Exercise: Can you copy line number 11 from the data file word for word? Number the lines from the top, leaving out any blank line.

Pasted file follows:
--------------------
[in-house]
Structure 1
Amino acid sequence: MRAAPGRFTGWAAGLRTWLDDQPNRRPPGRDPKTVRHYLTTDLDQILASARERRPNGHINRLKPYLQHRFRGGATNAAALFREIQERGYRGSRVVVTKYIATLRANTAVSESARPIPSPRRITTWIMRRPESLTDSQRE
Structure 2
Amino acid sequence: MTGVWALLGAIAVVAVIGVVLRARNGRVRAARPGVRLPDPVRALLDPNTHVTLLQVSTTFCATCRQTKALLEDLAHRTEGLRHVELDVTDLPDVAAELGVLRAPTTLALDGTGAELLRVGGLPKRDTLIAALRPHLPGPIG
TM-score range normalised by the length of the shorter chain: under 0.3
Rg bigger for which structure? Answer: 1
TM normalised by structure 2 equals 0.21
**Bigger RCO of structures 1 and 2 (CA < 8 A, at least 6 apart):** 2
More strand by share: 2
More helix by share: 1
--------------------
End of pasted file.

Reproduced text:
More helix by share: 1